On Monday, October 26, 2015, the Water Reservoir Data Visualization Tool became available. The tool can be found in our Data Tools section here.
During the Southern Plains drought, meetings with drought managers and planners at regional drought assessment forums and during drought management webinars revealed that numerous user groups desire ready access to information describing current and historical reservoir levels across the region. Unfortunately, reservoir level information is housed in many disparate places and managed by a number of agencies, including the US Army Corps of Engineers, US Bureau of Reclamation, river basin management authorities, and others. As a result, the region is lacking a unified source of accessible reservoir data. Many websites that provide reservoir status lack historical data, or at least an easy, visual way to compare across time. For example, comparing reservoir status to a previous drought or to average conditions for the time of year can require downloading numerous files into spreadsheets and sorting and calculating. This creates barriers to understanding contexts of emergent drought situations.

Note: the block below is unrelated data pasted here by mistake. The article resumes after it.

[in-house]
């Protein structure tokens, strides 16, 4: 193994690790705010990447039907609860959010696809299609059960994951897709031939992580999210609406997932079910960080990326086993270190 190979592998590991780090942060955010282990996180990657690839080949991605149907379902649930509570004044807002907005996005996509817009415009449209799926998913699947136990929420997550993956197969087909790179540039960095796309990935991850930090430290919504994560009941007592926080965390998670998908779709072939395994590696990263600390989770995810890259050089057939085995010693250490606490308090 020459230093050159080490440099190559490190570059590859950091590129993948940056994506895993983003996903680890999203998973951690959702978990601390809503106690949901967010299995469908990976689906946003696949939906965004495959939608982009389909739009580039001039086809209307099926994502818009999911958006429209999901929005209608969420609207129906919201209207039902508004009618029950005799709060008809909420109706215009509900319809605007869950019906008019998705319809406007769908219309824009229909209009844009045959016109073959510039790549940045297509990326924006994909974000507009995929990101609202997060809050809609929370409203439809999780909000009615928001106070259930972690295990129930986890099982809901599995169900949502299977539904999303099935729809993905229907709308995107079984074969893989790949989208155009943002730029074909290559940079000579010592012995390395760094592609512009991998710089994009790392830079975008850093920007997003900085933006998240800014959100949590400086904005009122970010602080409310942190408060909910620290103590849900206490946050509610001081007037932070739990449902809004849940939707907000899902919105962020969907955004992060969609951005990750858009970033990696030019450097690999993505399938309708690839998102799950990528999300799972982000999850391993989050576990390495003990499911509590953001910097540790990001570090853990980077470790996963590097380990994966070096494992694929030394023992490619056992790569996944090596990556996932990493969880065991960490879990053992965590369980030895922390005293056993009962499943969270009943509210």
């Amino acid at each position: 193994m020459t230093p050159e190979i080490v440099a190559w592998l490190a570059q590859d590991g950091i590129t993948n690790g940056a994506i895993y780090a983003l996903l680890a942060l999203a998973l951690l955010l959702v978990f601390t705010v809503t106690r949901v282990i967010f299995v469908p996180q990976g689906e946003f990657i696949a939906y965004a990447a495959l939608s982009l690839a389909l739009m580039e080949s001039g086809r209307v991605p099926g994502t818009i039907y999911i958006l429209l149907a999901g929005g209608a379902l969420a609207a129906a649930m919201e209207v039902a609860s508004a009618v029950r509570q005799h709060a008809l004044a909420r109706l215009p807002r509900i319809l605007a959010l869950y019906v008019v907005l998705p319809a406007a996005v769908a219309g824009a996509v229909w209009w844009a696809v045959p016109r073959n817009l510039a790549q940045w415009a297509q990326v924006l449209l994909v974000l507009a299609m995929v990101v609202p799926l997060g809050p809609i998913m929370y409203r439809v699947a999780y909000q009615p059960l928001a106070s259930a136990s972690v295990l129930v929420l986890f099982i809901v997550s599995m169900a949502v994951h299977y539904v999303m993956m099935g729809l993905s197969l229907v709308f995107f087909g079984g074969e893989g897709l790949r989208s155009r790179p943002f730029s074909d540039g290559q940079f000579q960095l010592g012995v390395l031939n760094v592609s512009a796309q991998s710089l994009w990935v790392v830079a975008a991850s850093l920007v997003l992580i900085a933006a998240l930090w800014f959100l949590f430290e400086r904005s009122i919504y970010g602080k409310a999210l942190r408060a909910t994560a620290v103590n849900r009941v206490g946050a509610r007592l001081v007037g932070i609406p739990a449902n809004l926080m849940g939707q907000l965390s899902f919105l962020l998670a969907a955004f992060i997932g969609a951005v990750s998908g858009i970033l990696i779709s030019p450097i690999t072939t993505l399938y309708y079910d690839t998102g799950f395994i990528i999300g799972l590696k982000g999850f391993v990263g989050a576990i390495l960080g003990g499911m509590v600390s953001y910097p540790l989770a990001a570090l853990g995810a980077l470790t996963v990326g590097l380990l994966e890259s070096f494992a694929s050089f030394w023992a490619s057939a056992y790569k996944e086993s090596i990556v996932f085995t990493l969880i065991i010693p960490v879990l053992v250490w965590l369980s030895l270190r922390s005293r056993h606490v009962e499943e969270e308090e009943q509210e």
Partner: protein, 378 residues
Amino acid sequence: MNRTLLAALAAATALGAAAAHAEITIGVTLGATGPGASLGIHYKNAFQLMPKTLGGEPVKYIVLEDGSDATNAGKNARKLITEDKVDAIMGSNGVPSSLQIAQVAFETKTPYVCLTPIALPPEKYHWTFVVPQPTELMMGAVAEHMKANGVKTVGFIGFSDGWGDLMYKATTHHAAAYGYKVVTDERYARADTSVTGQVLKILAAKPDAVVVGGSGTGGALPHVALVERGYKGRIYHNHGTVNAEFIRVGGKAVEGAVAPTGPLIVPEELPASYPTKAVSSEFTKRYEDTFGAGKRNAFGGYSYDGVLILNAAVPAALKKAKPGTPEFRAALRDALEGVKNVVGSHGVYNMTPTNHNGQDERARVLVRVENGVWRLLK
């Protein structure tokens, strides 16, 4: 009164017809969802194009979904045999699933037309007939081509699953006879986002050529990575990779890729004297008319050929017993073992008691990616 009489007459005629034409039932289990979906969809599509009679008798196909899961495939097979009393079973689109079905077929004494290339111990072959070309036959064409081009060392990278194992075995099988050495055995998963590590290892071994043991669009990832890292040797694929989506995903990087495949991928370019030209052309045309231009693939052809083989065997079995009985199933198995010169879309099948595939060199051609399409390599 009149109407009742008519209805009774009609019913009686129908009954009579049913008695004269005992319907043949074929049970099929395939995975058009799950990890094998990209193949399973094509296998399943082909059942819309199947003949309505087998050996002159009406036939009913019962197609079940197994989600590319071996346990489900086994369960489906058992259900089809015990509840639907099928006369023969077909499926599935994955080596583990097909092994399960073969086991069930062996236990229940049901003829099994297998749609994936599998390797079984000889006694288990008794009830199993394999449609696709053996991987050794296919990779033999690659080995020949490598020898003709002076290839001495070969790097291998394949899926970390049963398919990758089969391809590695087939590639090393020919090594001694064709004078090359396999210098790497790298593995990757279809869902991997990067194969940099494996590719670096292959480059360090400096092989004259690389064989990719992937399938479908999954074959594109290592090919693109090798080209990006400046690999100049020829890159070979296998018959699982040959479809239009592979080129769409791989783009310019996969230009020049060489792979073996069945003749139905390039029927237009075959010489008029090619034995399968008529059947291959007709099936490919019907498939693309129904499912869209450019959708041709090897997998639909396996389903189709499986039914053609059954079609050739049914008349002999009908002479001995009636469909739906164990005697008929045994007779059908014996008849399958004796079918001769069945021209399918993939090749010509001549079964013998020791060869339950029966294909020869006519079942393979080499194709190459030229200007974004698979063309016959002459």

The Southern Climate Impacts Planning Program and the Southern Regional Climate Center incorporated suggestions from stakeholders to create a web-based reservoir tool, the Water Reservoir Data Visualization Tool. This tool displays water reservoir data for reservoirs located in Texas, Oklahoma and Louisiana. Information in the tool includes a reservoir cross-section plot that highlights current elevation, dead-pool, and conservation pool elevations, a summary of physical reservoir information, reservoir levels over time, elevation-area-capacity curves for each reservoir, and precipitation data. Reservoir data sources include the Texas Water Development Board, US Geological Survey, and the US Army Corps of Engineers.
One aspect that makes this tool unique is that by using NWS Cooperative Observer Data via the Applied Climate Information System (ACIS), the SRCC matches nearby precipitation-reporting stations to each reservoir. Users are then able to select from nearby sites to examine precipitation in relationship to reservoir response both at the site of the reservoir and also upstream sites important for generating runoff.
As we have seen with the recovery from drought in parts of region, reservoir response was lagging much longer than drought management experts anticipated. Having real-time information that can be compared spatially across a region and temporally in relationship to previous droughts can help water resource managers better anticipate such lagging responses and consequently improve their management decisions related to water availability.